Turning your brand inside out
Trendwatching (one of my favorite trend firms to follow) recently released a trend report called IN-fluencers.
It features a number of ideas for using communication channels to showcase staff members who are passionate about the organization and its mission.
I’ve made similar suggestions to clients as it’s a great way to increase transparency and create authentic connections with our audiences.
Why is this emerging as a hot-topic now? Well, mainly because:
“The pandemic had consumers looking inwards – reflecting not only on their own behavior, but that of their favorite brands, too.
We know you’re focused on transparency already (if not, now is the time to ring the alarm) but how can you showcase your efforts in the most authentic and honest way possible?
Consumers won’t take your CEO’s word for it. Instead, prove that your promises align with your actions by shining a spotlight on your employees, team or co-workers.” (excerpt from the TW report)
In addition to what the report covers, which I recommend reading for additional context and examples, I want to highlight three reasons why this approach can be beneficial to our work.
It helps spread the love
Many organizations feel the struggle of people not caring about a species or habitat they’re working hard to protect.
We want them to love these creatures and places just as much as we do!
Traditionally, we try to solve this gap by sharing facts on why the species is important to the ecosystem and the risks they’re facing.
Yet, what inspires love and care more than anything is hearing and seeing someone else’s love, care, and excitement. We are a social species, after all.
To turn the brand inside out, we should identify staff members and volunteers who are gaga about the species, habitats, and mission and interested in sharing their passion with others.
Even when they’re simply sharing facts, it will be done with an infectious enthusiasm that will spread the love.
To see what this looks like, check out how Jaida, Earyn, and Sarah get us excited about their featured species in the below tweets (each one links to their post on Twitter to view more).
It brings to life the real work being done
There is a lot of value to having a polished marketing plan that hits all the right strategic messaging notes. I’m a big fan of that.
But increasingly, audiences want to see the real world behind what’s being presented. They want a peek behind the curtain.
This doesn’t mean we have to toss away our entire communications plan. Rather, we can incorporate a dash of behind-the-scenes (#BTS) content that connects audiences with the real work being done.
Introduce the staff members working in the office and out in the field. Show off the office pets. Recognize your dedicated volunteers.
Take us out into the field. Your audience may not even know what “the field” truly means!
Transparency increases trust and both these ingredients will become increasingly important for organizations seeking funding support.
Members and donors want to know what their money is going towards and what the nonprofit’s mission looks like IRL (in real life). Turning the brand inside out means: don’t tell me, show me!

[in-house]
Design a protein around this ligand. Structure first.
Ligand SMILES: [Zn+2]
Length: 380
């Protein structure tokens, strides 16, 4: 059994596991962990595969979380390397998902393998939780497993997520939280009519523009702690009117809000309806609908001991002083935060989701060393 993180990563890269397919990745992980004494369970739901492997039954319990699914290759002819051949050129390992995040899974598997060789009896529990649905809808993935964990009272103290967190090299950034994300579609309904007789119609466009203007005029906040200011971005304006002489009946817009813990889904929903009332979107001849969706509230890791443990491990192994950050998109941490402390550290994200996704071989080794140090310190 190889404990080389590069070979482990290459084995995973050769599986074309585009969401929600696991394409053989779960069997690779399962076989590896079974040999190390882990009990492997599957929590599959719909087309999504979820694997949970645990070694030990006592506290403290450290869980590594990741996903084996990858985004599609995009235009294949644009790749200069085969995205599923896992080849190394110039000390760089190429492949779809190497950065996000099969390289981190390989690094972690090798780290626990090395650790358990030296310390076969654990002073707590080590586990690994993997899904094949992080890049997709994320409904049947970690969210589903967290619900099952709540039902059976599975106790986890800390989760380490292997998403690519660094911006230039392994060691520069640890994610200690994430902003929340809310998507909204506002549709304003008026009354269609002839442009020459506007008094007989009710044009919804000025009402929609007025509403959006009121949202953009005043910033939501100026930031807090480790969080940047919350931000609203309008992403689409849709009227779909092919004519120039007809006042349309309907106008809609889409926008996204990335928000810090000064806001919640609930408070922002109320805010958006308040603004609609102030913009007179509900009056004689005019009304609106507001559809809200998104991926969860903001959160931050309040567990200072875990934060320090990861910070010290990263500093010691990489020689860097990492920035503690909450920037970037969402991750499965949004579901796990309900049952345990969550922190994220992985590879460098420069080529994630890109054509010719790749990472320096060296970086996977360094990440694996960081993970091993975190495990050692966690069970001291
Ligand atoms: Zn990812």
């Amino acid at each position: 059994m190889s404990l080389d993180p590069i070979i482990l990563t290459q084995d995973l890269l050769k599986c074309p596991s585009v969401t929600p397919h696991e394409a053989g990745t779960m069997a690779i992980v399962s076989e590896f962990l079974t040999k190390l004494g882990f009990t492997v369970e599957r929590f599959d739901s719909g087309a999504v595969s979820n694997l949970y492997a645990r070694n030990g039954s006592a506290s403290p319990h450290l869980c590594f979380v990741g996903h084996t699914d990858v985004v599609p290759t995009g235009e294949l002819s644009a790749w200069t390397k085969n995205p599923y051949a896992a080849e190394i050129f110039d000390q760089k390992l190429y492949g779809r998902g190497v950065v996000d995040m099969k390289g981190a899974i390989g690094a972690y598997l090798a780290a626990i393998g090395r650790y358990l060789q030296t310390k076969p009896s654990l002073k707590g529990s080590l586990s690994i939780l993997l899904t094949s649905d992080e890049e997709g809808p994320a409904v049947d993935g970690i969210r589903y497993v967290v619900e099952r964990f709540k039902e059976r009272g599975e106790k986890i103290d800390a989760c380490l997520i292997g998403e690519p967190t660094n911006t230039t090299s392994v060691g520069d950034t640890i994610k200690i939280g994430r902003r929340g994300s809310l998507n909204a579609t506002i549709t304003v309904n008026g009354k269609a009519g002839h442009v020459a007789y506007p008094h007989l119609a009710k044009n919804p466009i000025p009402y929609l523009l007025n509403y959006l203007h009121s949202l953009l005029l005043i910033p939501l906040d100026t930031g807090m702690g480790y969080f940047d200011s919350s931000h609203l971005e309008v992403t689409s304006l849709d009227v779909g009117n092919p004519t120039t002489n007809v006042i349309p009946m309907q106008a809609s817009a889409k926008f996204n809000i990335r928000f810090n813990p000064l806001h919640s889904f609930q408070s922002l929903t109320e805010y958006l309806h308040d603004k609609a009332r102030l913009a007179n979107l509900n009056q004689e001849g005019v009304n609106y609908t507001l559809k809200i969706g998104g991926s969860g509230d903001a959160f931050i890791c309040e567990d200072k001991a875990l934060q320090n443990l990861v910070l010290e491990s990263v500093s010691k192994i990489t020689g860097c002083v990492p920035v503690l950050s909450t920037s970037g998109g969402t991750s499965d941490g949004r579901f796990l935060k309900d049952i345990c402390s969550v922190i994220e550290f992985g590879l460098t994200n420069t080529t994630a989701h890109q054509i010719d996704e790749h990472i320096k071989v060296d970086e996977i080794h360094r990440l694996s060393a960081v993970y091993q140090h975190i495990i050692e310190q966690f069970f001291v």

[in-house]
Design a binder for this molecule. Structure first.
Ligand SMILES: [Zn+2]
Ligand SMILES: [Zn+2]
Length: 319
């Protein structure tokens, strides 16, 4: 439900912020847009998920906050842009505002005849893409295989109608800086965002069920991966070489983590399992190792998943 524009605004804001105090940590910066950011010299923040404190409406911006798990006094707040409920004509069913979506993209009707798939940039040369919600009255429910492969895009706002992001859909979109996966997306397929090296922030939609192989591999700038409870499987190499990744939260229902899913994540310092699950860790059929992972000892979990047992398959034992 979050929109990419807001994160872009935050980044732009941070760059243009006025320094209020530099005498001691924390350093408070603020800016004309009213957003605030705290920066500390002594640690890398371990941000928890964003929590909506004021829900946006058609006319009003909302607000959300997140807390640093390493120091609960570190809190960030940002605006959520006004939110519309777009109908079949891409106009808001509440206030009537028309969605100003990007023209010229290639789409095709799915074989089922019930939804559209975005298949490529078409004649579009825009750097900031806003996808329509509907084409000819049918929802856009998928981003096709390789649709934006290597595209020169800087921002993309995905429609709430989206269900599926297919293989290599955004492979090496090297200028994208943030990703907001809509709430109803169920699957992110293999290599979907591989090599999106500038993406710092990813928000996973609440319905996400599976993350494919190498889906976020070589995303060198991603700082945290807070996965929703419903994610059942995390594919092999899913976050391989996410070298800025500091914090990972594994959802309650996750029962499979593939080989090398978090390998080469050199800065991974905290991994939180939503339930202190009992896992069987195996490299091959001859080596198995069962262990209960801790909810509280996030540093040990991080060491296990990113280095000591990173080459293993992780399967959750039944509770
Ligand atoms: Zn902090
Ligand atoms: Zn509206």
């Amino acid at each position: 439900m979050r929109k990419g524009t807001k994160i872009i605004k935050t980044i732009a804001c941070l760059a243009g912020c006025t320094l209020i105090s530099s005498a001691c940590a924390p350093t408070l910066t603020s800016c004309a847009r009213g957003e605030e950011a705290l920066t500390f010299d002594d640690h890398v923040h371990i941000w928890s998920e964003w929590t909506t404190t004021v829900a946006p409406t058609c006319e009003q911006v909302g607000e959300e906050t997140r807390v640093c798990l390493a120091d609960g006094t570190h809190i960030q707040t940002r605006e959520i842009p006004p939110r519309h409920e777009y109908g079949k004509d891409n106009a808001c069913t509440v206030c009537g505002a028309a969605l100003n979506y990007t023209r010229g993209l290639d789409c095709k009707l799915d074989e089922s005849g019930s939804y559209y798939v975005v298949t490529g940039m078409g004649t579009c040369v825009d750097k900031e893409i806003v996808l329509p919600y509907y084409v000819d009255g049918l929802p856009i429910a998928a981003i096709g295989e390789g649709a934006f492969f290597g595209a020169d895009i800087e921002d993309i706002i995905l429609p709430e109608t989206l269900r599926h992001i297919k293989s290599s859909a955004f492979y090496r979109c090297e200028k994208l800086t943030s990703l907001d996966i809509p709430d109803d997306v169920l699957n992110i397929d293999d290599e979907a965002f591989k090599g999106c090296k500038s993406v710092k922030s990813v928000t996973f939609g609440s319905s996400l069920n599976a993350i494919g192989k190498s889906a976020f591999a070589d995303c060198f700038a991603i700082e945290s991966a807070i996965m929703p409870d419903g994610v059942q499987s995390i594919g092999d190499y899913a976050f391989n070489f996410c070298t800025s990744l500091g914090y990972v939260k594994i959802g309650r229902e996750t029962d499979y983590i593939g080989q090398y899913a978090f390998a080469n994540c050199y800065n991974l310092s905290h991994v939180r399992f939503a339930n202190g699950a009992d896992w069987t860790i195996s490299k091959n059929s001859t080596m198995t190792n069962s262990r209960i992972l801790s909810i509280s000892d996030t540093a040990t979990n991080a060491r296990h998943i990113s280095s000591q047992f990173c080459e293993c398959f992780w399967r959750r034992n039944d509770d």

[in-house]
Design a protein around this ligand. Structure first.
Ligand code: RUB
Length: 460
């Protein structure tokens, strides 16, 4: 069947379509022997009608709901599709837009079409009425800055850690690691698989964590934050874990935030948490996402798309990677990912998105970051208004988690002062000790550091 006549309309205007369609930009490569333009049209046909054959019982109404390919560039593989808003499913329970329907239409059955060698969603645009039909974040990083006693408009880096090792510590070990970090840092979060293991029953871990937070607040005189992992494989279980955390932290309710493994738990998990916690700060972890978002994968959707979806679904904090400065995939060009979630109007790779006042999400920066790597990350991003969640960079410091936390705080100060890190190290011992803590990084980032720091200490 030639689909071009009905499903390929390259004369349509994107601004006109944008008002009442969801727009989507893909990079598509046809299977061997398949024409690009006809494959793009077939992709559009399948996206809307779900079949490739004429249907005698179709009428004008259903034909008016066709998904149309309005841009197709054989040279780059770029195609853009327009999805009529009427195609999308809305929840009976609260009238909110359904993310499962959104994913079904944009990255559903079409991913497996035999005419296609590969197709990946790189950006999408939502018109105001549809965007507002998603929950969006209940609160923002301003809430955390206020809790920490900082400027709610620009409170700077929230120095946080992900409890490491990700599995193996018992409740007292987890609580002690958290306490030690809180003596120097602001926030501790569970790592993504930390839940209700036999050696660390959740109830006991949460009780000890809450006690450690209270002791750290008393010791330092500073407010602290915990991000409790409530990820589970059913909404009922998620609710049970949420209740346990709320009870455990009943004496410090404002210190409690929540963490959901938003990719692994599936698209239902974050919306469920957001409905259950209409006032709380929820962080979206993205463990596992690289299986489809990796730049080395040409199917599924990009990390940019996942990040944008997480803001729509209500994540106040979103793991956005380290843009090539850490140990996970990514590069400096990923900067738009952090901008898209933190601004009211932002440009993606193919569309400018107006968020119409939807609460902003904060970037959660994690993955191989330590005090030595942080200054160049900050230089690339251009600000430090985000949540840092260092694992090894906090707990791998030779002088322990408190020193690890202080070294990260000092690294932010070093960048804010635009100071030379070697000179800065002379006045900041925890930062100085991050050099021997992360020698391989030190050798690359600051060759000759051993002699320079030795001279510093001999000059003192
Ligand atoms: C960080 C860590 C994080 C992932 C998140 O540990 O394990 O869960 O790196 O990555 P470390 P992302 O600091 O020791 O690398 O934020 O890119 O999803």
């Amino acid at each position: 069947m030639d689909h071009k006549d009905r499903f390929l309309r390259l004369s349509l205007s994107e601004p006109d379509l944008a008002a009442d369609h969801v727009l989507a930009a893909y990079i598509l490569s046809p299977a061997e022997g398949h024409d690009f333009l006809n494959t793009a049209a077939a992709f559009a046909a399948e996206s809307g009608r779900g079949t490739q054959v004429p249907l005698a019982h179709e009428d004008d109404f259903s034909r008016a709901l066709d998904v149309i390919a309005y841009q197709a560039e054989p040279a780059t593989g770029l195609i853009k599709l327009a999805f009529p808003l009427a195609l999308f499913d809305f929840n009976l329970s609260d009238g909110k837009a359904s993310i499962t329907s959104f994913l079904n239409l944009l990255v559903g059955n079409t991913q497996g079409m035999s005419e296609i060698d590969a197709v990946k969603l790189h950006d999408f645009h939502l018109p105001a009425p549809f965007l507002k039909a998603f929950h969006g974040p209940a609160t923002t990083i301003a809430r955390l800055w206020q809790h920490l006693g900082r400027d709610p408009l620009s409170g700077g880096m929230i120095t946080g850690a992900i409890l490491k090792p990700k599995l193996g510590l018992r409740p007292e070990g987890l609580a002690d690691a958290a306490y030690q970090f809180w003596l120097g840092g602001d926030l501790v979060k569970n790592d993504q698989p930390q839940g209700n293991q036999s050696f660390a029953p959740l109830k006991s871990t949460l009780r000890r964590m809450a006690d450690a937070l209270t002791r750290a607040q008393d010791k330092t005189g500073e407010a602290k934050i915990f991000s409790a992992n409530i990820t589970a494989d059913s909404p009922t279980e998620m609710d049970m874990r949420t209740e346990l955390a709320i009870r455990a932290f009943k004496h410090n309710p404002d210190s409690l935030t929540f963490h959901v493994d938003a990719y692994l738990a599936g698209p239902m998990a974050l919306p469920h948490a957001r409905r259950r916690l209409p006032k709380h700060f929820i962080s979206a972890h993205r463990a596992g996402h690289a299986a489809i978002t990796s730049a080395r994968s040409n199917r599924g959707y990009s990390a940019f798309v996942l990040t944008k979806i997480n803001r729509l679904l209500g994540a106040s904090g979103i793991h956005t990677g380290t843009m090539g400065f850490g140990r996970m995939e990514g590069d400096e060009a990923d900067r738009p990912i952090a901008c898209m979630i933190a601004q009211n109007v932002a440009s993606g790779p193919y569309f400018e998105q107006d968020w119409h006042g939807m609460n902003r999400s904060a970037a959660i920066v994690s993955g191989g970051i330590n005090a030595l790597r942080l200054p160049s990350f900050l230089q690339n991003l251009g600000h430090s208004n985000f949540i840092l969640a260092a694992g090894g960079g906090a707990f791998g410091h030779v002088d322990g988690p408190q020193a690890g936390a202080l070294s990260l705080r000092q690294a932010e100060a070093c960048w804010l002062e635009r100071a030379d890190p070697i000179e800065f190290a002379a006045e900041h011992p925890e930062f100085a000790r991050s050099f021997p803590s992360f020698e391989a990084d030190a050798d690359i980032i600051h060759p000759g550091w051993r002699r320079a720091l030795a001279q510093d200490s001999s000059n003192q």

A great suggestion in the Trendwatching report that I’d like to highlight here as well is: Consider going beyond showcasing staff members towards handing over the social media microphone completely.
Do a Twitter or Instagram takeover for a day. Have different staff members respond directly to ask-me-anything questions. Let the audience follow a staff member for a day-in-the-life of their job.
It fills our gap of relatable messengers
Conservation has a relatable messenger gap.
I believe we have over-relied on Jane Goodall and David Attenborough without identifying a succession plan of diverse messengers for the cause.
It’s exciting to see a younger generation step up, like those leading the Fridays for our Future movement, yet they are focused mainly on climate issues (rightfully so).
That still leaves many conservation and environmental causes without faces and voices that audiences can relate to and feel a connection with.
Luckily these days, messengers don’t need to be celebrities or people with a gazillion social media followers. We don’t need Harrison Ford waxing his chest hair to demonstrate the impacts of deforestation (remember that???)
Today’s messengers can be staff members and volunteers who are willing and interested in sharing with a wider audience.
It’s possible that some of this is happening already, just without your organization being a part of it. Maybe there is a Jaida, Earyn, or Sarah putting out great conservation content on their own. If so, then this is an opportunity for internal co-creation that can lead to a whole new outreach effort.
Some final thoughts
I want to call out a few important points to consider before you start turning the brand inside out. These points are mentioned in the Trendwatching report as well.
» Compensate or reward your messengers. Staff members and volunteers who agree to be messengers are taking on additional work. They should be rewarded and compensated accordingly.
» Be sure the house is in order. This approach doesn’t work when the internal culture is toxic or in disarray. Staff and consumers will see the effort as just marketing “fluff”. If this is the case, then address the internal issues before going this route.
I look forward to seeing your inside-out brands!